Pastor Larry Peters, Grace Lutheran Church, Clarksville, Tennessee, says that being "Queer" has become a "Badge of Pride"

Larry Peters
LCMS pastor, Grace Lutheran Church
Clarksville, TN

 Pastor Peters here

…the rise of cohabitation lent some sense of normalcy to what every previous time had found an aberration and oddity.  With sex free from the constraints of pregnancy and disease, marriage was deemed less essential to the blossom of human relationships.  Free sex gave birth to the destruction of every constraint upon consensual sexual activity.  The right of privacy meant that laws against sodomy fell and no one could regulate what happened behind closed doors.

Even the onset of the scourge of AIDS and HIV infection could not restrain the movement to bring homosexuality to the forefront.  Queer soon became a badge of pride and the TV networks began including gay characters and even devoting whole series to pushing the gay agenda.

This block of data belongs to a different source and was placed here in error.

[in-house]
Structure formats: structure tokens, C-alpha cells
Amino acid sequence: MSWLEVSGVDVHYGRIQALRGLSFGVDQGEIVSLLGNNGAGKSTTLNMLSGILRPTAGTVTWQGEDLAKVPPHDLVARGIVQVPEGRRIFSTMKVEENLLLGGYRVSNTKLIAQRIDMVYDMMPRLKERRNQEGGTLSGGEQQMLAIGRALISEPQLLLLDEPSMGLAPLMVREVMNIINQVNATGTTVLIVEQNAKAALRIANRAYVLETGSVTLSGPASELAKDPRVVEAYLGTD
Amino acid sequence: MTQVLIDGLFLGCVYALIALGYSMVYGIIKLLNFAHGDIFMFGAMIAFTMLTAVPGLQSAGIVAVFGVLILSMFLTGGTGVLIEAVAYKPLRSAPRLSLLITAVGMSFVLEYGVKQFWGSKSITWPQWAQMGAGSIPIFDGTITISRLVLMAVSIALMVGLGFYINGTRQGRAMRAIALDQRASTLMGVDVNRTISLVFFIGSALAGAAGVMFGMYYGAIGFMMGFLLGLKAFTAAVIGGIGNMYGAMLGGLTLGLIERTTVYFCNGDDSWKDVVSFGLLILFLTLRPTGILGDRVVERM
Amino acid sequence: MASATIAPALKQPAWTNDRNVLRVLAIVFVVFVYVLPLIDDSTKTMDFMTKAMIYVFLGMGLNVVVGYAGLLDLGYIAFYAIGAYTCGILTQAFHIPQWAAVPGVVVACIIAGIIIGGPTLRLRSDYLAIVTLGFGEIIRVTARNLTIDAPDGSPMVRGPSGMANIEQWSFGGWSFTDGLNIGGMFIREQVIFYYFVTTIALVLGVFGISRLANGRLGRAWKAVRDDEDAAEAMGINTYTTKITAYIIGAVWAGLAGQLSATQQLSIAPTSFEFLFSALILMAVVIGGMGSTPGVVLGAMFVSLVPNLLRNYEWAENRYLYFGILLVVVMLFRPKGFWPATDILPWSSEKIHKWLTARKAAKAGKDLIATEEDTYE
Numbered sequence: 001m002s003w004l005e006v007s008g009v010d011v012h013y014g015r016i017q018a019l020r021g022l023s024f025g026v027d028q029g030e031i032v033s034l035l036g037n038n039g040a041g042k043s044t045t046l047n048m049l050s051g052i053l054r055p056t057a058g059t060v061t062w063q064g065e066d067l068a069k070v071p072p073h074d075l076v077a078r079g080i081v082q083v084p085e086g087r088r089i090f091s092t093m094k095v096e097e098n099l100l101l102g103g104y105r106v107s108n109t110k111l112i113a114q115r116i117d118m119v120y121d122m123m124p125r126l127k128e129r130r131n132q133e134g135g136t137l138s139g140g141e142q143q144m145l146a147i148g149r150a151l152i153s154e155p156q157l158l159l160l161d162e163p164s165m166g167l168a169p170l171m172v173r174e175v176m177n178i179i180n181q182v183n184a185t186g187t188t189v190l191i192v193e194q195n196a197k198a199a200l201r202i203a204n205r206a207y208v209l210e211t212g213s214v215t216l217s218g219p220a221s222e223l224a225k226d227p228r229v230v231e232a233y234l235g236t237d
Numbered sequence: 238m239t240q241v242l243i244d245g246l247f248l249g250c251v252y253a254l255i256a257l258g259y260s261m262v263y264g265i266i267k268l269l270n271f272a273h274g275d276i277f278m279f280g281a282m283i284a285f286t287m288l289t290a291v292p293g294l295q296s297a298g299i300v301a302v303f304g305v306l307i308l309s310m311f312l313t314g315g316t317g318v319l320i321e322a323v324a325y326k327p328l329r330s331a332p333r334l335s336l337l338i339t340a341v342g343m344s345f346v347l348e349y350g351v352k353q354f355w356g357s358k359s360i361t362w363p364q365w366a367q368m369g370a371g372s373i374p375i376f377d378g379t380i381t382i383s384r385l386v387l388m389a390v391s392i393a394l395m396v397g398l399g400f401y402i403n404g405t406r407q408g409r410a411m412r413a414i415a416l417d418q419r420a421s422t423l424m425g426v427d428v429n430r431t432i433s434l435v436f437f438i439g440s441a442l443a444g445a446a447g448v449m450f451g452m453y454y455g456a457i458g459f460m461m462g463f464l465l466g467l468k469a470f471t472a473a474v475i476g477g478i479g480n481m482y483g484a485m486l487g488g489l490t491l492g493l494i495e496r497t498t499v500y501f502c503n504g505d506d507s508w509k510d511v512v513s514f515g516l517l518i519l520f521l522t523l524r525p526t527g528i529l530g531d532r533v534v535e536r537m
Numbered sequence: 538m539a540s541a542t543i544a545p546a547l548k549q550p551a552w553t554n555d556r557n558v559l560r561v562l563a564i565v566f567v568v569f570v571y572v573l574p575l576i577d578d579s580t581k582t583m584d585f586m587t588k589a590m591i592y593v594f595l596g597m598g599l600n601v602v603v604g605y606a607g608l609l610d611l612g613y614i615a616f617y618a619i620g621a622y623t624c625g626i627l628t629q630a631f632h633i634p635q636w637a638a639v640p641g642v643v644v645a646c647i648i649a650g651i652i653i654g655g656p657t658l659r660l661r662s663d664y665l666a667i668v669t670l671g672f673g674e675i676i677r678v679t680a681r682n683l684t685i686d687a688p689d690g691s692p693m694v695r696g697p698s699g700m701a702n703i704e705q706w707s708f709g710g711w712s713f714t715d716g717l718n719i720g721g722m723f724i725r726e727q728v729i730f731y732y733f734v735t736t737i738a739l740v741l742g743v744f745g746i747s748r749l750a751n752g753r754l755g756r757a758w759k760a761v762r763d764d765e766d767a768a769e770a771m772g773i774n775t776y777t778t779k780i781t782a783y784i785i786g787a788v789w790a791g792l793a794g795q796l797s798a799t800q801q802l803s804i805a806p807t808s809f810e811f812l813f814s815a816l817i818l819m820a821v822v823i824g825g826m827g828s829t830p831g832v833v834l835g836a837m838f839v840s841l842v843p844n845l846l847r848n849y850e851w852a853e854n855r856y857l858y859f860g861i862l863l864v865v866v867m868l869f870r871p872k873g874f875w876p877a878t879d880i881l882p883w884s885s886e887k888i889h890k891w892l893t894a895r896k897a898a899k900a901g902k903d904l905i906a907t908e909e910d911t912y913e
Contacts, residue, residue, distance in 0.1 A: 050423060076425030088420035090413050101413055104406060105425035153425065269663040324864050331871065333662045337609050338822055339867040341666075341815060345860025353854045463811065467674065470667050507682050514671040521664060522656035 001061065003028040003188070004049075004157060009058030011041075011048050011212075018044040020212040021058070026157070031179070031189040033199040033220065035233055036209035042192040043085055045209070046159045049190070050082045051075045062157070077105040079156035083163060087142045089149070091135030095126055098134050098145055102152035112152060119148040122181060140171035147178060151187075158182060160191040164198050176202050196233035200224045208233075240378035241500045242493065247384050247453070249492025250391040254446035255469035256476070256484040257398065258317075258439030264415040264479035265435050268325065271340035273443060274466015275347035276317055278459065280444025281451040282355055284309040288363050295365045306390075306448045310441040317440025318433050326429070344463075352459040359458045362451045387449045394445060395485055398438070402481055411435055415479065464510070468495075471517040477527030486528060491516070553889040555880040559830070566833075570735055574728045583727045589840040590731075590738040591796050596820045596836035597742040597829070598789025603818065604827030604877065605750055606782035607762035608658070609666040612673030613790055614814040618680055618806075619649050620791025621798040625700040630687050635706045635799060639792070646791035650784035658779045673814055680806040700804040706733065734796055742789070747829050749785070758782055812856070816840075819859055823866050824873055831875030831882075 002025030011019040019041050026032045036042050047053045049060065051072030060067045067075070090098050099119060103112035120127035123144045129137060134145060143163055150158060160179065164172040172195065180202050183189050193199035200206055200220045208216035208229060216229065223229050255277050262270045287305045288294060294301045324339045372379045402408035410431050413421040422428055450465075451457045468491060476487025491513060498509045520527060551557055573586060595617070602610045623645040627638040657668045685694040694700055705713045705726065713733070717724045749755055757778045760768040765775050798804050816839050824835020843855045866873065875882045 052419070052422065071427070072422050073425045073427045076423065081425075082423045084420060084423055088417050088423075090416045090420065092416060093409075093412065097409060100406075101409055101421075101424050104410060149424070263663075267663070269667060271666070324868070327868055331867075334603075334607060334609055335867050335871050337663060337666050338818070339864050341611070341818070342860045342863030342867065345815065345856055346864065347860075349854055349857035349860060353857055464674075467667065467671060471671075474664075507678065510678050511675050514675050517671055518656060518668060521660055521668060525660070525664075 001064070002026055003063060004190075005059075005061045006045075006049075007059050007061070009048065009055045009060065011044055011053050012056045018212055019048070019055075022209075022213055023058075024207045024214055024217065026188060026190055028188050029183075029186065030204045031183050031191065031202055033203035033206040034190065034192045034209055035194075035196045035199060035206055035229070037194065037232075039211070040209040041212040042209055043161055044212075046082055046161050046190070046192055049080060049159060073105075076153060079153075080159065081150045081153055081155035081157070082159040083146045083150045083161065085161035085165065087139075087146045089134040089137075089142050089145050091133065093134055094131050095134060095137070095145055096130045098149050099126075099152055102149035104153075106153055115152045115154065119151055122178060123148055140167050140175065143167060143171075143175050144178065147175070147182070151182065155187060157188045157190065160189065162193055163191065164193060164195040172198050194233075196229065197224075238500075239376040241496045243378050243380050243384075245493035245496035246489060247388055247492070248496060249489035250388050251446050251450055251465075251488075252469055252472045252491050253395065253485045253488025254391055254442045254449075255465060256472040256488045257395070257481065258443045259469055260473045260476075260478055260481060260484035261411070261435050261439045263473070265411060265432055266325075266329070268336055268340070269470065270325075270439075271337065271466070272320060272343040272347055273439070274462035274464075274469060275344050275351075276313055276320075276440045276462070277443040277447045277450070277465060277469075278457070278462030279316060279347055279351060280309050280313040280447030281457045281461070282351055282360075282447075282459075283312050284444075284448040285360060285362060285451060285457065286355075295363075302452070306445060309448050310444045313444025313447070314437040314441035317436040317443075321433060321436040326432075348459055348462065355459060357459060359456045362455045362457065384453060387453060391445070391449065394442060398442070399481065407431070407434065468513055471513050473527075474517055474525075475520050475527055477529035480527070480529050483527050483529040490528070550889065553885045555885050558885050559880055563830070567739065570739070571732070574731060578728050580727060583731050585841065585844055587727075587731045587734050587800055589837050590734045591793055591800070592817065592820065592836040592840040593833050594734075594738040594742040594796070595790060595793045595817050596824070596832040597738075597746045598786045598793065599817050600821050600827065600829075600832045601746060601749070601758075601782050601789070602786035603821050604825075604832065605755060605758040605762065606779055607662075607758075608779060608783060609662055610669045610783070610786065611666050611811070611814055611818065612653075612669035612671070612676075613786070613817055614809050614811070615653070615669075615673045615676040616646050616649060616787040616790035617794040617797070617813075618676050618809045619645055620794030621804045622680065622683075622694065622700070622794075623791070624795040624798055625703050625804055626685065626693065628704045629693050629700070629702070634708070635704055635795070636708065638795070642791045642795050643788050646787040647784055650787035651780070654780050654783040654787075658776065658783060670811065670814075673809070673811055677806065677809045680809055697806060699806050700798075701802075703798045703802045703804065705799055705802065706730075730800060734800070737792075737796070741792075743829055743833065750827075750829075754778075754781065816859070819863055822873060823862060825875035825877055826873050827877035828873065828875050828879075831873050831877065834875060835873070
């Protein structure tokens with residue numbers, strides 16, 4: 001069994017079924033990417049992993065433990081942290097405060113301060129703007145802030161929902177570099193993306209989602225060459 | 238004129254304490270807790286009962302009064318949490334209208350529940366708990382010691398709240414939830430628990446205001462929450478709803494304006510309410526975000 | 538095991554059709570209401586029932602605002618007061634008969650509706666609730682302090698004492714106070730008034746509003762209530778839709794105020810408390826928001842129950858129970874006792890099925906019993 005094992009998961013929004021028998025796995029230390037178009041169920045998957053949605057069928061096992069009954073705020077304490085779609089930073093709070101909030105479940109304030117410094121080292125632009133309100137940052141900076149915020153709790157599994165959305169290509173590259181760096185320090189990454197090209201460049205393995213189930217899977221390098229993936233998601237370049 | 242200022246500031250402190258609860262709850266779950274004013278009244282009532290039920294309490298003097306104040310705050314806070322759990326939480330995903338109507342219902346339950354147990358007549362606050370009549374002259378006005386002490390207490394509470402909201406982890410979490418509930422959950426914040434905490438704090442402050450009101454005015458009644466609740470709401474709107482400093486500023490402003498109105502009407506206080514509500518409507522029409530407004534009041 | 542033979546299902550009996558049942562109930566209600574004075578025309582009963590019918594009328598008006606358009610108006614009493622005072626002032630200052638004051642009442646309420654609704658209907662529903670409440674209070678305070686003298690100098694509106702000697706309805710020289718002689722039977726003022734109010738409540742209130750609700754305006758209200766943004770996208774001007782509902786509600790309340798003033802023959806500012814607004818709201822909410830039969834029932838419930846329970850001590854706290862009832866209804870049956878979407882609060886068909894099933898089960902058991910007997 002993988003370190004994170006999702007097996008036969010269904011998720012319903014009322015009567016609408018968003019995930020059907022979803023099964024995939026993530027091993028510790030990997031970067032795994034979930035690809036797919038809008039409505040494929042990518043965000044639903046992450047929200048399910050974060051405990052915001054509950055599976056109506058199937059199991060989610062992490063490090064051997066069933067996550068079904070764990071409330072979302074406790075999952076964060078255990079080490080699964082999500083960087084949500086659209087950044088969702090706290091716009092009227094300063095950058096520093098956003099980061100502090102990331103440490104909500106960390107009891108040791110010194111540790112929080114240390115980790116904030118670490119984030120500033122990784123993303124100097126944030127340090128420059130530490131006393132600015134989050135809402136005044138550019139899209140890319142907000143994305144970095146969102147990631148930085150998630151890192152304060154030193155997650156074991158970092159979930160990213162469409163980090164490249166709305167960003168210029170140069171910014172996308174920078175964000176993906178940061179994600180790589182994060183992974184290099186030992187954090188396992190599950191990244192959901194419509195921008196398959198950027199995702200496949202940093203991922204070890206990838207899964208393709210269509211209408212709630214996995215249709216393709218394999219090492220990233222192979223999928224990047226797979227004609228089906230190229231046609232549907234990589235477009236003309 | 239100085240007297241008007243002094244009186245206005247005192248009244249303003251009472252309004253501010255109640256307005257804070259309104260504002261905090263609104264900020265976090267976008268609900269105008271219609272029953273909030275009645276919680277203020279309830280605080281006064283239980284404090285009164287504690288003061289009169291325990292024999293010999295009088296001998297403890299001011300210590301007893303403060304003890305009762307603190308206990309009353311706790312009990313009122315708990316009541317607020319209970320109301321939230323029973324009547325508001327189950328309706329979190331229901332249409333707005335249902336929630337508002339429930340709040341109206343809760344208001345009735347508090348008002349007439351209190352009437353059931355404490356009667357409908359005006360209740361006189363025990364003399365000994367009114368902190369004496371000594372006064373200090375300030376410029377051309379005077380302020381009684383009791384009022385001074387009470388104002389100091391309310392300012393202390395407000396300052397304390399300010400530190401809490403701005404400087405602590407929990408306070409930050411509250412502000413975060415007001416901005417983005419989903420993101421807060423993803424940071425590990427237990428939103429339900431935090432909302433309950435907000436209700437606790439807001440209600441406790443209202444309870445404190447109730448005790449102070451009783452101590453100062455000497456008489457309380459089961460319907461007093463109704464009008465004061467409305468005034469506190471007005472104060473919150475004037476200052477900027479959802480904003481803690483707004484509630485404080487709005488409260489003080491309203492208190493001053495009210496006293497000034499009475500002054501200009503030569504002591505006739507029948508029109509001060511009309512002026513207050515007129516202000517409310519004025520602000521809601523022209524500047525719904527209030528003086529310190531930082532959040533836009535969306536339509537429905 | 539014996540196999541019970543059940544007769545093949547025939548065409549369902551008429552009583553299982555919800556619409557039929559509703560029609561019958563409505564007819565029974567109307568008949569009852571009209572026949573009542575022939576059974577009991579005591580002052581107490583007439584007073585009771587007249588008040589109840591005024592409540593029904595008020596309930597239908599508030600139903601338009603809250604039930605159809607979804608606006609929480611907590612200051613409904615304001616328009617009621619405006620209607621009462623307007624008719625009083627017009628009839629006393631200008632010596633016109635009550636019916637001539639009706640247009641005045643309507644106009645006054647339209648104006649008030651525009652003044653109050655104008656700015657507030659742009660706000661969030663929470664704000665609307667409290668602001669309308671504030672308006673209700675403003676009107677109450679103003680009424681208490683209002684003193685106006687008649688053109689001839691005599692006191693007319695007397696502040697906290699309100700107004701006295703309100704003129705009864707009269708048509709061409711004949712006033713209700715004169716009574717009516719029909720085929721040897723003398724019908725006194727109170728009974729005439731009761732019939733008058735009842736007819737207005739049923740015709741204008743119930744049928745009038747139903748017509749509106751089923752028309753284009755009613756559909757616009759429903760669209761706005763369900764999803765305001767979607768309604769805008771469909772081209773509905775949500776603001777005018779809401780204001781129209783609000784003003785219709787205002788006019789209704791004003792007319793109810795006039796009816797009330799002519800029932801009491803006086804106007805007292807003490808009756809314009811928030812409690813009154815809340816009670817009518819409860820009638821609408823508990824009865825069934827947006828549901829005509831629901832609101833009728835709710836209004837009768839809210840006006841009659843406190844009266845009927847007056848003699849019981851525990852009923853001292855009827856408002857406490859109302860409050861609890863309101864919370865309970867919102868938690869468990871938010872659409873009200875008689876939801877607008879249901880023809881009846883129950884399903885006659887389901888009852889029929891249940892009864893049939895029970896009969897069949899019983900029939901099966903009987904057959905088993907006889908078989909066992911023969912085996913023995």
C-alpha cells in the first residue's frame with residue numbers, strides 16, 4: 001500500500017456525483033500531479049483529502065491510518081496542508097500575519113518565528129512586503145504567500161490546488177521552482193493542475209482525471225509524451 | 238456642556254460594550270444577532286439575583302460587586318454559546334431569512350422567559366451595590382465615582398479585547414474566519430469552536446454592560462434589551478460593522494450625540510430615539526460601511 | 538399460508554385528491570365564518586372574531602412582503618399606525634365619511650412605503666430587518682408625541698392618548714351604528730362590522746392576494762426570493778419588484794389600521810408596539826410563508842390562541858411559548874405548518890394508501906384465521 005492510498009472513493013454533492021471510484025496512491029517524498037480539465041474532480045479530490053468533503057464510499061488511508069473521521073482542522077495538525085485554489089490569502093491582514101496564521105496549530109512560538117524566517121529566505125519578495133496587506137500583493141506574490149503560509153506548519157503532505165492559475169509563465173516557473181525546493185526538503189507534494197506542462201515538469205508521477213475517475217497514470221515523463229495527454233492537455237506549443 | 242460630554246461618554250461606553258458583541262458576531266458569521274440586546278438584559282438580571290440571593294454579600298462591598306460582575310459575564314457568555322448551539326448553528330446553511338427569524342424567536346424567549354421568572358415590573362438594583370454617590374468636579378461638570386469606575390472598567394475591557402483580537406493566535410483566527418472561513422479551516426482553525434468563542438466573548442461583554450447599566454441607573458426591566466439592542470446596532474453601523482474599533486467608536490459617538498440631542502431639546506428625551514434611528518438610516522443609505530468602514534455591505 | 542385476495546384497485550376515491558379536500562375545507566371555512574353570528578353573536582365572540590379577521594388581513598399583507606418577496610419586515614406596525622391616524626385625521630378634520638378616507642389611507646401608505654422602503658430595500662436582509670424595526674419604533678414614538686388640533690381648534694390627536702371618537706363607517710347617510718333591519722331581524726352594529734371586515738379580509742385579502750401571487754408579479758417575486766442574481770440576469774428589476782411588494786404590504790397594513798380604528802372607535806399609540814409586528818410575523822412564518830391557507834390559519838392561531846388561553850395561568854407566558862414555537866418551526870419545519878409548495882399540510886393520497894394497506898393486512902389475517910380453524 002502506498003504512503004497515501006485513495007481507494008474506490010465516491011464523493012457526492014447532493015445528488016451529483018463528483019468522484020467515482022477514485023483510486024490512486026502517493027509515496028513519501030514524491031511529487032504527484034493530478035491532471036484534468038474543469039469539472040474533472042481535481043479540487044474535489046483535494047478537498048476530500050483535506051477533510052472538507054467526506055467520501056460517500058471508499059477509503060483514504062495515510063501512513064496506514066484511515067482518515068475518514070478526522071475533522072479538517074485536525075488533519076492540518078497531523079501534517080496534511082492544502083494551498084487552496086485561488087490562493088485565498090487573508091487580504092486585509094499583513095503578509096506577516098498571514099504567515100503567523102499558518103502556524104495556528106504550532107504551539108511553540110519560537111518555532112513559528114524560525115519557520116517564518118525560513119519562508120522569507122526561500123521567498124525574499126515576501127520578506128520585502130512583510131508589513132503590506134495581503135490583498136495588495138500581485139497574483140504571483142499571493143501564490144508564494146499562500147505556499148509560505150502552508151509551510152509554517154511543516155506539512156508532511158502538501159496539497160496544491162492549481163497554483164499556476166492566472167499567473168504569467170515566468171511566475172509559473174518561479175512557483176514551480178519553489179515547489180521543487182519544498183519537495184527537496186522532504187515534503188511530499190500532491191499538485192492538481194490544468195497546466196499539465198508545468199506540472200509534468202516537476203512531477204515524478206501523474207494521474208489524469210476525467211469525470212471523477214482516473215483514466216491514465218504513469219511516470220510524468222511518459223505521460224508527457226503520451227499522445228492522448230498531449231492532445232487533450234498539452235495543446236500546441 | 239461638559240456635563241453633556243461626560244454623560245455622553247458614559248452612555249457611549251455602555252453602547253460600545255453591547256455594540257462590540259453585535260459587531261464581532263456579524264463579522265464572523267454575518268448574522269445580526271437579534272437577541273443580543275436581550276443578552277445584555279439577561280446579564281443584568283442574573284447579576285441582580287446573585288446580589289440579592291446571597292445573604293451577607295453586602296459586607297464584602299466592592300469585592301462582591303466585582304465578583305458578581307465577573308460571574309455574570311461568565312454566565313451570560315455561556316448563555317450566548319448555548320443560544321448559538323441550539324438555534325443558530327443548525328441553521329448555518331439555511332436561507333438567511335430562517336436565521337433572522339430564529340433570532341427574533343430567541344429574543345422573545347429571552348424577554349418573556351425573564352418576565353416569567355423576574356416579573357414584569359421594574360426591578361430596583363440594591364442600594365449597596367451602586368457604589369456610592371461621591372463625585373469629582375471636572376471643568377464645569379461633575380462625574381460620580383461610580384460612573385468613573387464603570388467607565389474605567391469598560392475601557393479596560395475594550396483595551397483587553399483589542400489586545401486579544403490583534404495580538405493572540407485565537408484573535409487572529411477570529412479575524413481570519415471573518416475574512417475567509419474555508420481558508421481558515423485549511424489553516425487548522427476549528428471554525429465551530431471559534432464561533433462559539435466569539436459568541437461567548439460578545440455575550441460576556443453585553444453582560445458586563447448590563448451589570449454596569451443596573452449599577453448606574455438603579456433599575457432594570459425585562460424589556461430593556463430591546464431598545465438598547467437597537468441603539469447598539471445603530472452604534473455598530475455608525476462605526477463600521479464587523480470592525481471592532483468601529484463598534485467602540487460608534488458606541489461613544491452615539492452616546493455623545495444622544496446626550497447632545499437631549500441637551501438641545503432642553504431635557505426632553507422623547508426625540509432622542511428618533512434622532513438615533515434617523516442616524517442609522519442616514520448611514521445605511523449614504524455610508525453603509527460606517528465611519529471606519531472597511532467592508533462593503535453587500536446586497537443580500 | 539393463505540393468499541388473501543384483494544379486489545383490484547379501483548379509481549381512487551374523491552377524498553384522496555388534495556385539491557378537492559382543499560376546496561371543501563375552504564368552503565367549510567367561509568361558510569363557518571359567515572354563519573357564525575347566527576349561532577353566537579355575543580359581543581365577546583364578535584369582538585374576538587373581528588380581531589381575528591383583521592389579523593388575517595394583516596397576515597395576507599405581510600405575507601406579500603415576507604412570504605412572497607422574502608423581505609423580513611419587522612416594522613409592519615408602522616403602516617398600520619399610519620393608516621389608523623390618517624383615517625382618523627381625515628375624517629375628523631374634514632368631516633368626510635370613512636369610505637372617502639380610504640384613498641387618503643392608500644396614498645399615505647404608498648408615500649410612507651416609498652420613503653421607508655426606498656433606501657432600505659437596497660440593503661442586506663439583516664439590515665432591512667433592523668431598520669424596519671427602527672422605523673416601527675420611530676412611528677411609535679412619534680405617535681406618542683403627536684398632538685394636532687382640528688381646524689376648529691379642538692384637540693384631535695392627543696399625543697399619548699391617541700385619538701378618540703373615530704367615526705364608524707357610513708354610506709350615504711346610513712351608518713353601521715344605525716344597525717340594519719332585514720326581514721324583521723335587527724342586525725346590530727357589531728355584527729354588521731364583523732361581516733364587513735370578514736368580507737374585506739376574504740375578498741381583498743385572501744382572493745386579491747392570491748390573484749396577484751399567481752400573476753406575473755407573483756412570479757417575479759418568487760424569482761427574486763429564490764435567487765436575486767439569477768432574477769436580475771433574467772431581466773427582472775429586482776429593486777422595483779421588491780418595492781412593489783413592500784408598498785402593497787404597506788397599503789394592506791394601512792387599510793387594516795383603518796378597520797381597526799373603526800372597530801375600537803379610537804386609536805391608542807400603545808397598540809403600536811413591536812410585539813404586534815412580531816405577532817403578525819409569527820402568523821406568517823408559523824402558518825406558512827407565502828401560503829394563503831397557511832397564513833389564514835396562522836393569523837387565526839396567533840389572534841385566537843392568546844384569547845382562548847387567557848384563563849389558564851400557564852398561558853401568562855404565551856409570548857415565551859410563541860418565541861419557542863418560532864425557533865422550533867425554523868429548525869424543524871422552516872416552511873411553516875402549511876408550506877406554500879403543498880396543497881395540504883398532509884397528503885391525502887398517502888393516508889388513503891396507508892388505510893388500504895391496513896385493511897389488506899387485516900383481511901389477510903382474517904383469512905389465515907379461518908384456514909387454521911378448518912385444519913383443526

Again the legal system advanced the cause of gay marriage more quickly than the legislative process and, to the surprise of many, states enacted laws favoring gay marriage as quickly as courts began to strike down prohibitions as unconstitutional.  This happened not merely in the expected bastions of liberal politics but also in the heartland of Iowa.  Unbeknownst to the populace, however, gay marriage was not simply about opening the door to gay couples what had been available to straight couples.  Instead the very institution of marriage is being redefined by those so new to its legal access.  Sex is in.  Children are out.  Marriage is optional.  Fidelity is a choice that may or may not come with marriage.

Now we have found polygamy struck down in Utah and gay marriage allowed — surprisingly among those who first favored polygamy and then became the most strident against homosexuality.  Where will it all stop?  That is the point.  It will not stop.  The genie is out of the bottle.  But what remains so difficult is that the pace of this change has left us with a reengineered society that had little in common with its forbears and in less than two generations.  It is as if we are all panting from the completion of a sprint none of us expected to run but we cannot pause too long or we will find ourselves hopelessly behind.


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